“ There were two Gitánas at Madrid, and probably they are there still. The name of one was Pepita and the other was called La Chicharona; the first was a spare, shrewd, witch-like female, about fifty, and was the mother-in-law of La Chicharona, who was remarkable for her stoutness. These women subsisted entirely by fortunetelling and swindling. It chanced that the son of Pepita, and husband of Chicharona, having spirited away a horse, was sent to the presidio of Malaga for ten years of hard labor. This misfortune caused inexpressible affliction to his wife and mother, who determined to exert every effort to procure his liberation. The readiest way which occurred to them, was to procure an interview with the queen regent, Christina, who they doubted not would forth with pardon the culprit, provided they had an opportunity of assailing her with their Gipsy dis

course ; for, to use their own words, they from the rest of the world. “Its peculiarity well knew what to say.' I at that time consists chiefly in a strange staring expreslived close by the palace, in the street of sion, which, to be understood must be seen, Santiago, and daily, for the space of a month, and in a thin glaze, which steals over it saw them bending their steps in that direc when in repose, and seems to emit phosphotion.

ric light.The handsomest of the race “One day they came to me in a great whom Mr. Borrow remembers to have hurry, with a strange expression on both seen, were, as would be imagined, English their countenances. . We have seen Chris Gipsies. The description is worthy of notina, hijo' (my son), said Pepita to me. tice. It is given as of three individuals who

“Within the palace ?' I inquired. presented themselves at a pugilistic display "6" Within the palace, O child of my gar

which Mr. Borrow witnessed in his youih, lochin,' answered the sibyl. *Christina at and considering that between twenty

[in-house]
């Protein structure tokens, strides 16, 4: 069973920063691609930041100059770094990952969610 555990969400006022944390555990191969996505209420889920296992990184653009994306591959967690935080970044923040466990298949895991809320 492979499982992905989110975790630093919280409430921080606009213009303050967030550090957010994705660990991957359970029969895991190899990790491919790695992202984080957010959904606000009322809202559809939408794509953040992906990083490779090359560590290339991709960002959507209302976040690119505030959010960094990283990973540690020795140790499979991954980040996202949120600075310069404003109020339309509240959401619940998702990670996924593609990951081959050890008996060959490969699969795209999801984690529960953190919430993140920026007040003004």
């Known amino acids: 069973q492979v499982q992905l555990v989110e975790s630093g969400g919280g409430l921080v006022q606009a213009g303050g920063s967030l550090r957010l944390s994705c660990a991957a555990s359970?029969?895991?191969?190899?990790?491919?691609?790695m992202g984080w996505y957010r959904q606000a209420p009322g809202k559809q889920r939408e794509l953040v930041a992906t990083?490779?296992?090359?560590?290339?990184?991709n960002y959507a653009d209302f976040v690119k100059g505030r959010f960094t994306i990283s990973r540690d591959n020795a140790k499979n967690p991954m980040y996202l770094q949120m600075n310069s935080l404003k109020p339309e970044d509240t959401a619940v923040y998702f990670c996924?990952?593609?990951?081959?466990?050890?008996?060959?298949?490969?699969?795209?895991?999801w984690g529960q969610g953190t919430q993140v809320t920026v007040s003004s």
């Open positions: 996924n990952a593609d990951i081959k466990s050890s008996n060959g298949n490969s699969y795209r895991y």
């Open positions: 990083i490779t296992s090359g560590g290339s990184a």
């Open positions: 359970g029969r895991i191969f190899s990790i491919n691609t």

and last saw and sent for us, as I knew she thirty years had elapsed, between the ocwould; I told her · Bahi,' and Chicharona currence and the story, we cannot but redanced the Romalis (Gipsy dance) before mark that our author's memory is quite as her.'

notable as his gift of tongues. “• What did you tell her ?'

“I have seen Gipsies of various lands, ««• I told her many things,' said the hag, Russian, Hungarian, and Turkish ; and I many things which I need not tell you: have also seen the legitimate children of know, however, that among other things, most countries of the world, but I never I told her that the chabori (little queen) saw, upon the whole, three more remarkawould die, and then she would be queen of ble individuals, as far as personal appearSpain. I told her, moreover, that within ance was concerned, than the three English three years she would marry the son of the Gipsies who now presented themselves to king of France, and that it was her bahi to my eyes on that spot. Two of them had die queen of France and Spain, and to be dismounted, and were holding their horses loved much and hated much.'

by the reins. The tallest, and at the first ". And did you not dread her anger when glance the most interesting of the two, was you told her these things ?'